Derrida loves to coin such magic words, just as children do, words that work for him like abracadabra to open all doors of thought. Another such is “trace”, which according to Bernasconi would do just as well as “différance” in collating his favourite thinkers: “The trace provides the focus of Derrida’s discussion of Saussure, Freud and Heidegger at least as much as the notion of différance does” (Bernasconi, 2001, p. 431). A third such is “writing”, or as he came to call it “archi-écriture”, which obviously owes something to Barthes as well as to Cabbalistic mysticism. On this basis he sets up the spurious binary opposition of writing to language and makes the false claim that ever since Plato language has been “privileged” over writing whereas the inverse ought to be the case, since writing is in some mystical way prior to language. As he puts it, “in all senses of the word, writing would comprehend language” (Derrida, 2016, p. 7). Presumably children write before they speak or cave-men wrote before they spoke, for otherwise it is difficult to see what “privileging” means in this context.

Setting up such spurious binary oppositions, and claiming that throughout history the one has been in some peculiar sense “privileged” over the other, and then overturning the presumed dominance of the one over the other as an insurrectionary gesture of “liberation” – all this has been Derrida’s great signature accomplishment. Thus, one of his disciples, Barbara Johnson, puts it as follows:

Speech is seen as immediacy, presence, life, and identity, whereas writing is seen as deferment, absence, death and difference. Speech is primary; writing secondary. Derrida calls this privileging of speech as self-present meaning “logocentrism”.

Johnson, 2004, p. 343

Thus, the overcoming of “logocentrism” is seen as striking a blow against the shackles of logic and rationality that Western philosophy has imposed on minds since the very start of metaphysics. But in truth, to associate speech with one set of highly loaded terms and writing with the opposite set is nothing but the exercise of free verbal association. Setting up binary dualities, claiming that the one side is “privileged” over the other, and then inverting them, is the stock verbal game that Derrida plays. But it is no more than that for it carries no further weight.

Derrida carries out numerous such exercises with other sets of terms. The male-female polarity is one of his favourites. Here he has endeared himself to the Feminists by attacking Lacan who placed so much weight on the phallus as the primary signifier and followed Freud in defining femininity as the absence of a phallus. Derrida attacks this as “phallocentrism” which also implies “logocentrism” and the Radical Feminists have taken it as the basis of their attack on patriarchy or male domination throughout the ages. Hence, it seems to them that if they can only deconstruct phallocentrism then women will be liberated from an age-old slavery. If only it were as easy as that, but playing with magic words will hardly change realities; for this much more practical solutions are required. In a similar way, by denouncing “ethnocentrism” Derrida has sought through deconstructivist means to place himself at the head of the so-called anti-colonialist struggle against a presumed Western domination of the Other. But here, too, the magic of words will change nothing, irrespective of what does or does not need changing.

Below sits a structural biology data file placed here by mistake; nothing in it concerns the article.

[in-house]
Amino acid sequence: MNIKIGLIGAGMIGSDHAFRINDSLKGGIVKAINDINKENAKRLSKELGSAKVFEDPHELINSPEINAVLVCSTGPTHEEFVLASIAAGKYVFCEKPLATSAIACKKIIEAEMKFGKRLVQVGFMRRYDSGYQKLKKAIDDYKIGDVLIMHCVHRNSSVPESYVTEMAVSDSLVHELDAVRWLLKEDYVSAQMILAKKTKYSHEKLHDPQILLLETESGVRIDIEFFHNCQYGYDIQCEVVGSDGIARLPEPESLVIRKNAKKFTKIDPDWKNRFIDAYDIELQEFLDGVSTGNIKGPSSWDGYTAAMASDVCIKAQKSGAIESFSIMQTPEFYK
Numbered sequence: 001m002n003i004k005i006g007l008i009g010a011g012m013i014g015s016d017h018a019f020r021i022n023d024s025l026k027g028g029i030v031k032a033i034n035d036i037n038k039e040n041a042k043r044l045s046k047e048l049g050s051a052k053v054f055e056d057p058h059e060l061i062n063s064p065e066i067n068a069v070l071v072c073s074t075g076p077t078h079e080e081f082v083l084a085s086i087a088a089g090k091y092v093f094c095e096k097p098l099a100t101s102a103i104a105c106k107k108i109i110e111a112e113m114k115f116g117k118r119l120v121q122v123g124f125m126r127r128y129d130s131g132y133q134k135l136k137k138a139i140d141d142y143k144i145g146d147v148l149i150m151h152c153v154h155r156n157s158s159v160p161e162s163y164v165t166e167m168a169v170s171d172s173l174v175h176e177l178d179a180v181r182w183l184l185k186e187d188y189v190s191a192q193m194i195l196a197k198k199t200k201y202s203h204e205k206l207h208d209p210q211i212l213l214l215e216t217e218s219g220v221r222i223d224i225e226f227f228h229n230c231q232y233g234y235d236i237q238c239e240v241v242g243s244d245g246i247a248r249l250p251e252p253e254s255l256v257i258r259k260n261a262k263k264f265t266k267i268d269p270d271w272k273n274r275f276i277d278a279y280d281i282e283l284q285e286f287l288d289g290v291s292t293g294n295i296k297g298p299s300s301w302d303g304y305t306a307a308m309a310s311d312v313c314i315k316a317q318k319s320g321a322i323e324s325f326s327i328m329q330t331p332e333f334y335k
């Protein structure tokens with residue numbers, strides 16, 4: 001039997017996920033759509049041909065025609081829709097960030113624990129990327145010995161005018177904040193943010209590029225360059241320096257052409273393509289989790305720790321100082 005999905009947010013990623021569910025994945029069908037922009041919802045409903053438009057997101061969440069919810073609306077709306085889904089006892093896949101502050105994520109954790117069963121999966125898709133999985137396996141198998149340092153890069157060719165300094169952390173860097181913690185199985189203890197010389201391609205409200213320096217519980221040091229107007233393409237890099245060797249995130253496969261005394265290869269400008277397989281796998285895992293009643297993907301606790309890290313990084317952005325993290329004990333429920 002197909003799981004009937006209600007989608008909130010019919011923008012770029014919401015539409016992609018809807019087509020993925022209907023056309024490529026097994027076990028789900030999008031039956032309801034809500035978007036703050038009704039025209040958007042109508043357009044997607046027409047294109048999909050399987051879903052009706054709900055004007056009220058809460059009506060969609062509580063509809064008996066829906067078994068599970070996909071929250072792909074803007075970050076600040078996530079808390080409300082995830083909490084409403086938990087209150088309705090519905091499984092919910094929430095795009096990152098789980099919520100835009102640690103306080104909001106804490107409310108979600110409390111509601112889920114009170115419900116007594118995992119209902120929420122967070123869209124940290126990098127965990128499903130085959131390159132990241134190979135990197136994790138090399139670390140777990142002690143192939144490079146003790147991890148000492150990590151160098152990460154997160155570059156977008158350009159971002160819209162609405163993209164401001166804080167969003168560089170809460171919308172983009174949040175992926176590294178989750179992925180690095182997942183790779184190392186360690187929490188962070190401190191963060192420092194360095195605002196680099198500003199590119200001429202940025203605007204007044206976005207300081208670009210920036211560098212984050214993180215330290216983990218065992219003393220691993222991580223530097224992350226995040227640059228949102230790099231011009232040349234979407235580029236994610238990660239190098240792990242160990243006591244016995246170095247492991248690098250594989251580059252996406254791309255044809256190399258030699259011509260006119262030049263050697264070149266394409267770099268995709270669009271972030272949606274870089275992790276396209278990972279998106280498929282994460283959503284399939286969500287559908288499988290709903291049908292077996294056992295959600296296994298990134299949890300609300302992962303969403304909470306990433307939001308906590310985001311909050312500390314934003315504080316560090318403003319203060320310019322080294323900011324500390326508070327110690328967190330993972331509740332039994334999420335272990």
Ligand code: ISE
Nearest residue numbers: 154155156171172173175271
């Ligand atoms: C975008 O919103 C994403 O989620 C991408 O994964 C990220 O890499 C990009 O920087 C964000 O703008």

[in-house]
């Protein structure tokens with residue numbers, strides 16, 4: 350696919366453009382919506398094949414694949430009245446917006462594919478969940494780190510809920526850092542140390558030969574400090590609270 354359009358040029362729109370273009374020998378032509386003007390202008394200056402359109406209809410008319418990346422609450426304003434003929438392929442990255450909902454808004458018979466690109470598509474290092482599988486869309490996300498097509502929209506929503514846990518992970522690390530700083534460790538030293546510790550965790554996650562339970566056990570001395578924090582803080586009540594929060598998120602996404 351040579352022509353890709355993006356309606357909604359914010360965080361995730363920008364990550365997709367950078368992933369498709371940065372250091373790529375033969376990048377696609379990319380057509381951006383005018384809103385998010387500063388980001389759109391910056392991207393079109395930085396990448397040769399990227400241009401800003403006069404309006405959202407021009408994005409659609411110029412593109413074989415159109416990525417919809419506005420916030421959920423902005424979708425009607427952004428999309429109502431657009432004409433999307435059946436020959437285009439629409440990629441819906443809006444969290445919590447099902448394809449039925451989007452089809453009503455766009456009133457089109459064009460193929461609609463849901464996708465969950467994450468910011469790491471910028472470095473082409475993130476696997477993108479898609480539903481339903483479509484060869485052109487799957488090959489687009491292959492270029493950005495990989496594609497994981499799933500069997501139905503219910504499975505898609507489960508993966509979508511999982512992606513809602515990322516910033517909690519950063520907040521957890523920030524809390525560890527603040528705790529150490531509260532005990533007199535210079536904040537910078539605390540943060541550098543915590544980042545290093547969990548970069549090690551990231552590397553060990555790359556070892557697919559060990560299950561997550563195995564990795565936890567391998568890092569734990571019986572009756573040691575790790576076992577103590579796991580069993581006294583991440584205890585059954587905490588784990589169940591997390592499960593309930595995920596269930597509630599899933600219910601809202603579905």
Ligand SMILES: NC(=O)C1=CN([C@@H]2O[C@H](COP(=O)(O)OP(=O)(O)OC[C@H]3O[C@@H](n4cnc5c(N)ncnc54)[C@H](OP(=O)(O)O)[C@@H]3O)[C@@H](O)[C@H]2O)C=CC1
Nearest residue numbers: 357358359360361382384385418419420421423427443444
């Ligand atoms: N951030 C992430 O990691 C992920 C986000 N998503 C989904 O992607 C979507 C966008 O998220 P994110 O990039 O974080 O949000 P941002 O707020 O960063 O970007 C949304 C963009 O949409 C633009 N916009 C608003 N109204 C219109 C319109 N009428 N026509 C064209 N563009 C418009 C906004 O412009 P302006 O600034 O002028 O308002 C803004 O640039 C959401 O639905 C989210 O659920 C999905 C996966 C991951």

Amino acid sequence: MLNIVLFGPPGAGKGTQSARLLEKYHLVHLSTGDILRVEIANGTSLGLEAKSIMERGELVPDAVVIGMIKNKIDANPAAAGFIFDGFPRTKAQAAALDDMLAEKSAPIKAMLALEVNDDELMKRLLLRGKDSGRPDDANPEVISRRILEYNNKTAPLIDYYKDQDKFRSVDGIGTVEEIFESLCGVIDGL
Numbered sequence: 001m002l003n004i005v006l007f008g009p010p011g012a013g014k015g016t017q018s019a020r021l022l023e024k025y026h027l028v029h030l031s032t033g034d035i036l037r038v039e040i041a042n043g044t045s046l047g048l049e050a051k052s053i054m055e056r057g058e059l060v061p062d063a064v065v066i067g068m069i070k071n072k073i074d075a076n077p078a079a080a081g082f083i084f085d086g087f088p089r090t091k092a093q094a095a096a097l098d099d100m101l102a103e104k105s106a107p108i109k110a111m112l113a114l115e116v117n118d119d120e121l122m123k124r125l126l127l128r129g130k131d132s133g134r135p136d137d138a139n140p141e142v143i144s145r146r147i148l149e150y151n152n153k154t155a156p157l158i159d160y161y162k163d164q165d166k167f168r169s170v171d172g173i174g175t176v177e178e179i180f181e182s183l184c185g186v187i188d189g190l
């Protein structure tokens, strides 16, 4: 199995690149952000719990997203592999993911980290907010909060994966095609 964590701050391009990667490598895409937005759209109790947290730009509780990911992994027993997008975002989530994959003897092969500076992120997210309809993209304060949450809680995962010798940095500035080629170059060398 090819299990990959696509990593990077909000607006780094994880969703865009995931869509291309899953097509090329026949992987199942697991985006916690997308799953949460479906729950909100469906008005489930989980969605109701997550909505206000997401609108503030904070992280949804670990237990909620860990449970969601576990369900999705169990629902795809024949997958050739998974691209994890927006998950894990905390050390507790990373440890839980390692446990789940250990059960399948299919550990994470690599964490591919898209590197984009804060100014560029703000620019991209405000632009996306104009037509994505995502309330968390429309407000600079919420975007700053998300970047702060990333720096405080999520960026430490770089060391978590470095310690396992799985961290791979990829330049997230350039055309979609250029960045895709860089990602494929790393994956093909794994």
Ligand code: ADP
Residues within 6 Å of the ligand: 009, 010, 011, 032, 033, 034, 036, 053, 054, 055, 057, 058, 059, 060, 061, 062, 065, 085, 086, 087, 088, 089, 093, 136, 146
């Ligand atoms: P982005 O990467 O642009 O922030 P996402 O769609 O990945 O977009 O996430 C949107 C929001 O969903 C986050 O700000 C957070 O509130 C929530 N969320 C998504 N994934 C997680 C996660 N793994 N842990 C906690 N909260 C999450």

Even though none of this has any significance in the world of real politics, it does matter in the world of academic politics. The followers of Derrida have been able to capture many of the special interest studies through takeover tactics which are well known outside academia but have never been practiced inside it. They have done so by inserting the language of deconstruction into the much less sophisticated moral and political discourses that previously prevailed. They seem to be offering a new type of philosophical profundity that no other discourse can match. It is certainly not possible to argue against them from any other point of view, so they can easily discomfit their critics. However, whether this will be of any benefit to the causes these special interest studies were set up to serve in the first place is to be doubted.

The betrayal of criticism that Theorybabble has perpetrated is not the only one of its kind, there have been others as well, though it is by far the most extreme. Many humanistic disciplines and some social sciences have been attacked by Theorybabble. History has not been spared, though the damage to it has been better contained than elsewhere. How this has worked itself out we shall see in the next chapter.


Benveniste, É. (1971) Problems in general linguistics. Coral Gables, FL: Univ. of Miami Press.

Bernasconi, R. (2001) ‘The Trace of Levinas in Derrida’, in M. McQuillan (ed.) Deconstruction: a reader. New York: Routledge.

Derrida, J. (2016) Of Grammatology. Translated by G.C. Spivak. Baltimore: John Hopkins University Press.

Foucault, M. (1972) The Archaeology of Knowledge. New York: Pantheon Books.

Johnson, B. (2004) ‘Writing’, in J. Rivkin and M. Ryan (eds) Literary theory: an anthology. Malden, MA; Oxford: Blackwell.

Merquior, J.G. (1986) From Prague to Paris: a critique of structuralist and post-structuralist thought. London: Verso.

Redner, H. (2007) Aesthetic life: the past and present of artistic cultures. Lanham, Md.: University Press of America.

Redner, H. (2020) Quintessence of dust: the science of matter and the philosophy of mind. Leiden: Brill Rodopi.

Strickland, G. (1983) Structuralism or criticism?: thoughts on how we read. Cambridge: Cambridge University Press.